KANO, Nigeria — This historic city is still recovering from the wave of brutal Islamic extremist attacks that killed 185 people last Friday, and President Goodluck Jonathan's goverment is struggling to find a strategy to cope with the increased terrorist violence.
Jonathan visited the city just days after the bombings and he fired the police chief but much more is needed to quell the sectarian strife that has engulfed this northern city.
The president sacked his chief of police Wednesday after the escape of a Boko Haram member, suspected of masterminding a Christmas day bombing.
More from GlobalPost: Nigeria sacks police chief in wake of deadly Boko Haram attacks
Kano shows many signs of the attacks. Police stations, immigration offices and the local headquarters of Nigeria’s secret police remain scorched and burned out cars are left in parking lots.
Inhabitants are trying to get back to business. Cars and achabas — motorcycle taxis — fill Kano’s sandy roads as traders man their stalls, selling everything from flip-flops to imaginative plastic lighters. Hawkers stand in line beside jammed traffic, selling drinks and sweets. Children walk to school as they do everyday.
“The people of Kano are resilient, they are businessmen and need to work. After the strikes, we have no choice but to come out, people are scared but we will move on,” said Sadiqu, a soap seller who talked about last week's attacks reluctantly, afraid of Boko Haram members who remain in the city.
The Islamist sect, Boko Haram, whose name in the Hausa language means “Western education is sacrilege,” has killed at least 935 people since it launched an uprising in 2009, including more than 250 people since the beginning of this year, according to Human Rights Watch.
More from GlobalPost: Nigeria: Boko Haram violence threatens nation
Boko Haram began with unsophisticated drive-by shootings, targeting drinking spots and authority figures. Its violence dramatically escalated last August when a suicide bomber rammed a car laden with explosives into the gates of the UN offices in Abuja, killing 25 people and injuring dozens more. Christmas day saw coordinated bomb attacks hitting several Christan churches and other places across the country.
Kano, Nigeria's second largest city with nearly 10 million people, is at the center of the crisis created by the upsurge in the violent attacks.
Once at the crossroads of the important trans-Saharan trade route, Kano became commercially successful trading leatherwork and cloth. It was one of the seven walled Hausa cities and became renowned as a center for Islamic scholarship.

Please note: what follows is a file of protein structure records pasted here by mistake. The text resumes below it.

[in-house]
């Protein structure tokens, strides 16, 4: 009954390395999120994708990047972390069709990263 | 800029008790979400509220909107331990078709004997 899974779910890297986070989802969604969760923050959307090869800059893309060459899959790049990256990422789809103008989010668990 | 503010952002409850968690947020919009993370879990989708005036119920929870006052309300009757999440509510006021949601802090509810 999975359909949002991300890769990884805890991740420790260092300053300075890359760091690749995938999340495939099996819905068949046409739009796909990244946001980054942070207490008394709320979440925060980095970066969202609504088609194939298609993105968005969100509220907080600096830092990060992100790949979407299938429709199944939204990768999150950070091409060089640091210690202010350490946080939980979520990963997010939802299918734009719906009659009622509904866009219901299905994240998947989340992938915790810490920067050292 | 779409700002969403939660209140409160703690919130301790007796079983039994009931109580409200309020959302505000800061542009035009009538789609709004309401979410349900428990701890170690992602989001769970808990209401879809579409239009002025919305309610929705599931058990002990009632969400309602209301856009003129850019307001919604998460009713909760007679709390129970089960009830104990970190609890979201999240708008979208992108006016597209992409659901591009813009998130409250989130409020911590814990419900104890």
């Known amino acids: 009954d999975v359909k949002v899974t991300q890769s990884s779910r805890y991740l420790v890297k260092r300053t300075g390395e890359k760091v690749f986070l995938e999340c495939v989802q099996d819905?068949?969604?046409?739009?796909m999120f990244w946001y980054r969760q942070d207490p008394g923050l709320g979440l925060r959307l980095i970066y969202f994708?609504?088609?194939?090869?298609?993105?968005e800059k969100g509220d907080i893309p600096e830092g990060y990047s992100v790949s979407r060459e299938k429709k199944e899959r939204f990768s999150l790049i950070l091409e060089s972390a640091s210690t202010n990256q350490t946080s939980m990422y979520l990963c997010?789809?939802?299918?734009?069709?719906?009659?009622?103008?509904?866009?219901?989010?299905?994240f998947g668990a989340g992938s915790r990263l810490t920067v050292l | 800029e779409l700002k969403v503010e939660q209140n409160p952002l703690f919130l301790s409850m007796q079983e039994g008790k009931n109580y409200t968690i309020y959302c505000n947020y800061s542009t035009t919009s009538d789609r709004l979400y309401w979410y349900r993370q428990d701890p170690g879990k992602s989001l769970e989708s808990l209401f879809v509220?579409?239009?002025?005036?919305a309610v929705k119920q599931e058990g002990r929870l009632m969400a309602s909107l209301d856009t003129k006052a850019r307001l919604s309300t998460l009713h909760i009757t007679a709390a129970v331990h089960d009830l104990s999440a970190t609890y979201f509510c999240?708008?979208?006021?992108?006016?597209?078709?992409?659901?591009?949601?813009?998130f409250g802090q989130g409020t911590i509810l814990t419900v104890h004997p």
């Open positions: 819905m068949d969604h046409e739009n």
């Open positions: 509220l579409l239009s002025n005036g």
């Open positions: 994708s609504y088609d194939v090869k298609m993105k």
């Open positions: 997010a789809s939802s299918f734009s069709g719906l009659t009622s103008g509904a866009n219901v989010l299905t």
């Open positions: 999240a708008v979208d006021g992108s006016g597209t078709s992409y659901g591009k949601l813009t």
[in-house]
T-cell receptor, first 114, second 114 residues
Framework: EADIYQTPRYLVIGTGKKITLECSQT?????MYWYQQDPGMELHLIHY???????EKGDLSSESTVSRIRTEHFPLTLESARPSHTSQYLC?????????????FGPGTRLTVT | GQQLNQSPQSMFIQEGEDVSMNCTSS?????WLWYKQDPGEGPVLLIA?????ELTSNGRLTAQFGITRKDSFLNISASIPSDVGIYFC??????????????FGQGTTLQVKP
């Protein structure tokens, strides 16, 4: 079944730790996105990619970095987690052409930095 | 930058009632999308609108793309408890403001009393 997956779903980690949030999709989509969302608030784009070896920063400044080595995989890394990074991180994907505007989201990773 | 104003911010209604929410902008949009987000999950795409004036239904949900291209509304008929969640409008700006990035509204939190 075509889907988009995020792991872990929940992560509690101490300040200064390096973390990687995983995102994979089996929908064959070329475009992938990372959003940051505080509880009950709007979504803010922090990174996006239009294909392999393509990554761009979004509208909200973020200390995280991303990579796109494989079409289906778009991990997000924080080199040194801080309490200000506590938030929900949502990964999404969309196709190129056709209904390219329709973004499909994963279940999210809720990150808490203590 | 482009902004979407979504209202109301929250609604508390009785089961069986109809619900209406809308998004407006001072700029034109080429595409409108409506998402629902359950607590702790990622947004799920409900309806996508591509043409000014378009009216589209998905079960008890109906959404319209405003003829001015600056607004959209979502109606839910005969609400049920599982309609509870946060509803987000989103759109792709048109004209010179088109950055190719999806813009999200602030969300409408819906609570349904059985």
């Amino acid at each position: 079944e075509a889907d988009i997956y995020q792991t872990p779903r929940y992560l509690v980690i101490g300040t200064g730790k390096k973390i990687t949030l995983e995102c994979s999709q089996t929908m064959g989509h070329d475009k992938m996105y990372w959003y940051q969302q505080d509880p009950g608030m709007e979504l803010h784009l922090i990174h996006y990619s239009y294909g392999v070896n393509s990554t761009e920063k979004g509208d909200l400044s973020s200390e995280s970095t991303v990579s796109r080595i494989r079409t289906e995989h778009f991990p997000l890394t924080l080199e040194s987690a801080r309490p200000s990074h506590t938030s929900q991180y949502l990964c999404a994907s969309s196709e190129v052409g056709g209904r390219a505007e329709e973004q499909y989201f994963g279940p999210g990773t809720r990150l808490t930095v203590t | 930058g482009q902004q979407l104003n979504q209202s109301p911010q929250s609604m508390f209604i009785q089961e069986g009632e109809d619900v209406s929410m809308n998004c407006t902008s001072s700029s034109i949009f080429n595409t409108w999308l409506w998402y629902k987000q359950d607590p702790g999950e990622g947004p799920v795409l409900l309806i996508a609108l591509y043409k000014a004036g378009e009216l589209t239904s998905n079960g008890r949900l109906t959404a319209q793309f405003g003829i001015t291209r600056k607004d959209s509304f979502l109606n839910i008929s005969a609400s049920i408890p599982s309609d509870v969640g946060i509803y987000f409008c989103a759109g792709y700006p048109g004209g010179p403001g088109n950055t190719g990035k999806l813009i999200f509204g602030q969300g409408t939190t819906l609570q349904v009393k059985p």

Today, the city experiences vast extremes of wealth. Almajiris, boys who have been sent by their families to study the Quran but are sent by their schools to beg, flood the streets of Kano. Living in poverty with little education or prospects, they are ideal recruits for Boko Haram.
And the signs of Islamic militancy and rejection of the Jonathan government are evident. Following an attack on a police station on Tuesday by suspected Boko Haram members, a crowd descended on the area the following day.
Cheering youths outside the station waved an officer’s uniform and jumped on top of a burned out police truck. One wore a police ballistic helmet. Some in the crowd said they would kill any police officer who returned, according to Associated Press.
This latest wave of violence is suspected to be a result of new links between Boko Haram and other Islamic extremist groups in Africa, particularly Al Qaeda in the Islamic Maghreb (AQIM).
There have been widespread arrests of suspected Boko Haram members, but many believe the heavy-handed actions of the military has exacerbated the problem.
“The population in Northern Nigeria is caught between being targeted by Boko Haram and Nigeria’s counter-terrorism measures that fail to prevent, investigate, prosecute or punish these acts,” said Amnesty International in a press release on Tuesday.
In one operation on Jan. 24 a team of soldiers and plain-clothes security agents shot and killed Uzairu Abba Abdullahi, 32, and his pregnant wife at Hotoro Quarters, a Kano neighborhood. Abdullahi was suspected of membership in Boko Haram.
More from GlobalPost: Nigeria on the brink
People see a failing police force as part of a corrupt government and the recent attacks highlight the vulnerability and ineffectiveness of the Nigerian security services.
President Jonathan, speaking to Reuters on Thursday, said that military confrontation alone would not eliminate the terror attacks and that efforts should be made to help youths find jobs. Jonathan also said he was willing to speak with Boko Haram, once it established its grievances.
But finding out what the group wants is a bit of a mystery, and if Boko Haram is not willing to negotiate, the attacks appear set to continue and intensify.
People fear if Boko Haram is allowed to entrench itself in Nigeria’s ancient city of Kano, it will tear northern Nigeria away from the rest of the country.
It is clear that Jonathan knows there is no quick fix to the festering problem, but part of the answer must be to curb the recruitment of the thousands of Muslim youths on Kano’s streets to the violence of Boko Haram.